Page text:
By Collins Mwai
A view of Kigali Business District in 2020. The World Bank has projected that Economic growth in Sub-Saharan Africa is expected to rebound moderately to 2.7 per cent in 2021 .Photo by Sam Ngendahimana
After contracting by an estimated 3.7 per cent in 2020 due to the Covid-19 pandemic and its effects, economic growth in Sub-Saharan Africa is expected to rebound moderately to 2.7 per cent in 2021, the World Bank has projected.
In its January 2021 Global Economic Prospects report, the World Bank forecast recovery buoyed by private consumption and investment which are likely to be slower than previously envisioned.
Export growth is expected to accelerate gradually, in line with the rebound in activity among major trading partners.
“The resumption in activity in major advanced and emerging economies and key trading partners of the region (Europe, China, US) is chiefly underpinned by positive news on vaccine development and rollout as well as new rounds of fiscal stimulus,” the World Bank noted.
The expectations of a sluggish recovery in Sub-Saharan Africa reflect persistent COVID-19 outbreaks in several economies that have inhibited the resumption of economic activity.
The World Bank projected that the pandemic could cause per capita incomes to decline by 0.2 per cent this year, setting Sustainable Development Goals (SDGs) further out of reach in many countries in the region. This reversal is expected to push tens of millions more people into extreme poverty over last year and this year.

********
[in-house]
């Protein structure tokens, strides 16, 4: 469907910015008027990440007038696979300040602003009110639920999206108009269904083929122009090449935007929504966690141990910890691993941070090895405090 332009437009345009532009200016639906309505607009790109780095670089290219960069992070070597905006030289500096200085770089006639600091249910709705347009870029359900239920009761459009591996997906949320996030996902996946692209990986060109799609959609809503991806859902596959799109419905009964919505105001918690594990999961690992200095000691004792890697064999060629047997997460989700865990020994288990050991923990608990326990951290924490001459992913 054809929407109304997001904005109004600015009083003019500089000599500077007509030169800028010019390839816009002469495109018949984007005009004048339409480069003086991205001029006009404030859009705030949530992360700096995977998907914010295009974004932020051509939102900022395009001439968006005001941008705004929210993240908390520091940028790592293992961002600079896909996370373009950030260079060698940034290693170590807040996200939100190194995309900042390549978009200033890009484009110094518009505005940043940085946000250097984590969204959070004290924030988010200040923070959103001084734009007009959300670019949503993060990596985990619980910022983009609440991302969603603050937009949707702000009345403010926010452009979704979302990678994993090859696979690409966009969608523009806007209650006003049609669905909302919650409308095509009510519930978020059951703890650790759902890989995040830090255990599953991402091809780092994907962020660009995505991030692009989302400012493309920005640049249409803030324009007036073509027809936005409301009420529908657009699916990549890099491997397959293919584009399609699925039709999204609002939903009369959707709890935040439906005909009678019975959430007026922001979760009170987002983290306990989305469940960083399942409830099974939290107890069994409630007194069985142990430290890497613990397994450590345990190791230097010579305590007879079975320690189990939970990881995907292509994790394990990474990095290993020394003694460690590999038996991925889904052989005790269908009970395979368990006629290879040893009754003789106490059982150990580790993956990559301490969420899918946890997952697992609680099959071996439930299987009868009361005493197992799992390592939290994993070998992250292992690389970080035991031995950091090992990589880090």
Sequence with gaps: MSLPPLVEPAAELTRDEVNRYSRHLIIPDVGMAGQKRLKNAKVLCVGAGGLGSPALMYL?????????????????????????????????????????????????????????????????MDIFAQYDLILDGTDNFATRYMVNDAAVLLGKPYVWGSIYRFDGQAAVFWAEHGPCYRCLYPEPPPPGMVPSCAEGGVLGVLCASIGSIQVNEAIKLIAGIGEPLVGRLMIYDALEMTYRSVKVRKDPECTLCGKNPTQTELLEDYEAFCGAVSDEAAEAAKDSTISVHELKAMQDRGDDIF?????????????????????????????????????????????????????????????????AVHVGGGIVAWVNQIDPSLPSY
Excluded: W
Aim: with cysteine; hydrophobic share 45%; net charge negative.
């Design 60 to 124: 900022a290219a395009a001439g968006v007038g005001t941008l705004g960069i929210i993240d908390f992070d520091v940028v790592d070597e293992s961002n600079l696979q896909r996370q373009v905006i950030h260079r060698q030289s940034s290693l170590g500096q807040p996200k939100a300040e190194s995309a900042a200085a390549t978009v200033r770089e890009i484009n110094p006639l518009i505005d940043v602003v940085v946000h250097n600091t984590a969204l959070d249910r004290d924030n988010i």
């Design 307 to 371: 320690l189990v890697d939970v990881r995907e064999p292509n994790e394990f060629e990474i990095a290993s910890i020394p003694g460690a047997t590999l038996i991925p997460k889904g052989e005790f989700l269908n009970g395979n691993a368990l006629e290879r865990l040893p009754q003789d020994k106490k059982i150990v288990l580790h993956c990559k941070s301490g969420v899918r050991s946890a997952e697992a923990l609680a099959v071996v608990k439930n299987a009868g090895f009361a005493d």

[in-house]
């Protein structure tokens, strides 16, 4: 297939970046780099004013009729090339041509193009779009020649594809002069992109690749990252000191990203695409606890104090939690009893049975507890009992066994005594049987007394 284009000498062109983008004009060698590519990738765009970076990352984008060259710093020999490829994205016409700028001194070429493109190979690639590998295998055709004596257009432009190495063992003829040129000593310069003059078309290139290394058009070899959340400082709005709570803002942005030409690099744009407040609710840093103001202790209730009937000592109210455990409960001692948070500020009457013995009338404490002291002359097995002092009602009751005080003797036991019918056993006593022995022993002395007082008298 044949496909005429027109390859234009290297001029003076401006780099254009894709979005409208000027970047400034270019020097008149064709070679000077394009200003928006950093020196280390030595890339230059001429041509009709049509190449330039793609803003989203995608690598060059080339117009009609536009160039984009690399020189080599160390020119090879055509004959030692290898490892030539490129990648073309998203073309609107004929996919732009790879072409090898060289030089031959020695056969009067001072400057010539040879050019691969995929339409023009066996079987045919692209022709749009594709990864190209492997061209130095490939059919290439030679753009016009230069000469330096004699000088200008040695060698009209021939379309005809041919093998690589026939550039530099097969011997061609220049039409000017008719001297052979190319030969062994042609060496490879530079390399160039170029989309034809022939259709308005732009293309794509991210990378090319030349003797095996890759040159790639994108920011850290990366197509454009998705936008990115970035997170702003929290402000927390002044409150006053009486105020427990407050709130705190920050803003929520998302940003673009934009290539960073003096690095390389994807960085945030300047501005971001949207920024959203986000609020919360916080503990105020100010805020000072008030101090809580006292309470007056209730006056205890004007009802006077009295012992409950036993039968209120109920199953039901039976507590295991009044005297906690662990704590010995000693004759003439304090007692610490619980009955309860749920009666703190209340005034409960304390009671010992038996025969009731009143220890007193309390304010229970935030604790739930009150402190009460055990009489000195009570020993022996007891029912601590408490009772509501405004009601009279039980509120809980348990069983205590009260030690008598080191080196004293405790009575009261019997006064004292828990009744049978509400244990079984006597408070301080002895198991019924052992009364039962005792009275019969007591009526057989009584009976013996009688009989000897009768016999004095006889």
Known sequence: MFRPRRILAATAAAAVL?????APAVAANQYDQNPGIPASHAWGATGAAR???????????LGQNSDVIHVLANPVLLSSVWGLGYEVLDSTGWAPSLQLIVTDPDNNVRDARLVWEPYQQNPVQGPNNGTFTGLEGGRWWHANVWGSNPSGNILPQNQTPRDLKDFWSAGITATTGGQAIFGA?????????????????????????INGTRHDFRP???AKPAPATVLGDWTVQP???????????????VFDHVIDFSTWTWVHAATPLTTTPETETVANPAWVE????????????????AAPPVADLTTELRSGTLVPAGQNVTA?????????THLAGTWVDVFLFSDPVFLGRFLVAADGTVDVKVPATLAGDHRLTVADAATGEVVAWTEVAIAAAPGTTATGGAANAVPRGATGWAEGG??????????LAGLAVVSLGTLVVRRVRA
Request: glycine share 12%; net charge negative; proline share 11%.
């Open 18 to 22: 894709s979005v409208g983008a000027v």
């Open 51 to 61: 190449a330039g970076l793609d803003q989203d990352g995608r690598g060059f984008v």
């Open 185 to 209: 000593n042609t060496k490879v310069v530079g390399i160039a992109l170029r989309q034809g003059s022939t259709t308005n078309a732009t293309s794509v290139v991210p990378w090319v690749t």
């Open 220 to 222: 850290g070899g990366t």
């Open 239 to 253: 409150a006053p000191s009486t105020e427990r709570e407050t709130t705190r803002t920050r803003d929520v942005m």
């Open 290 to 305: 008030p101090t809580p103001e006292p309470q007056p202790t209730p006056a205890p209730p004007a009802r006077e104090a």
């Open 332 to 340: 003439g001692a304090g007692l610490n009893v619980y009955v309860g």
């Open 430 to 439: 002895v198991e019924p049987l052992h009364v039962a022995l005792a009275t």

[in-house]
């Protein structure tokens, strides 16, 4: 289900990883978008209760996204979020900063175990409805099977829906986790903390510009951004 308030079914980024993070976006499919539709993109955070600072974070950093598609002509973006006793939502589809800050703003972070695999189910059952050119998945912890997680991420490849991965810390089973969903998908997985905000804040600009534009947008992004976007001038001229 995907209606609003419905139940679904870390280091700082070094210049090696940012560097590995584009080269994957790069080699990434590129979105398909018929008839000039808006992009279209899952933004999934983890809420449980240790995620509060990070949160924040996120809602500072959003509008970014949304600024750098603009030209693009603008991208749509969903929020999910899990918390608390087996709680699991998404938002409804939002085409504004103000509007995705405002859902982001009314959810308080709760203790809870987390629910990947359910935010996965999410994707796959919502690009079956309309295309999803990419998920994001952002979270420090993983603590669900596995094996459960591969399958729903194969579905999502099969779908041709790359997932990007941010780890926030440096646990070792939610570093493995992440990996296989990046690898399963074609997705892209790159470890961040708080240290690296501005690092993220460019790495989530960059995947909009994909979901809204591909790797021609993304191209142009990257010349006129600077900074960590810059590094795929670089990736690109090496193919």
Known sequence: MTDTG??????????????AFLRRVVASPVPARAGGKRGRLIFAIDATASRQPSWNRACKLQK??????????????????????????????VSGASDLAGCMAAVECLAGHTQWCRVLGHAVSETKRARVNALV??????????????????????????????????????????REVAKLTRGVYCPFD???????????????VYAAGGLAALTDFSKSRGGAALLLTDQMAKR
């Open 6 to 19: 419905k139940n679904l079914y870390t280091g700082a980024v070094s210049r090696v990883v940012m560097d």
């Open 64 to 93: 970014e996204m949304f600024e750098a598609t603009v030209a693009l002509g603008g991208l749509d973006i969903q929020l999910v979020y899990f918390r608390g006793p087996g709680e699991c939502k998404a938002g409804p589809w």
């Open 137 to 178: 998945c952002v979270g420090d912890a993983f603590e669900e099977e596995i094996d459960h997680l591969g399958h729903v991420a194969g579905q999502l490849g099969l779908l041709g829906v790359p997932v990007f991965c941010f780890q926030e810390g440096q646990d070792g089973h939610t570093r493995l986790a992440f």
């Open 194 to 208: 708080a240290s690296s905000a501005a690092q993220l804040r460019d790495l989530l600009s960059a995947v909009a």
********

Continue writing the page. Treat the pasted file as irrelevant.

Among the major risks include growth in major trading partners could fall short of expectations as well as challenges in the distribution of a COVID-19 vaccine in the region.
“Government debt in the region has increased sharply to an estimated 70 per cent of GDP last year, elevating concerns about debt sustainability in some economies. Banks may face sharp increases in non-performing loans as companies struggle to service their debt due to falling revenues. Lasting damage of the pandemic could depress growth over the long term through the chilling effects of high debt on investment, the impact of lockdowns on schooling and human capital development, and weaker health outcomes,” the bank noted.
Rwanda’s economy is expected to grow by 5.7 per cent this year after contracting by an estimated 0.2 per cent in 2020.
Culled from New Times.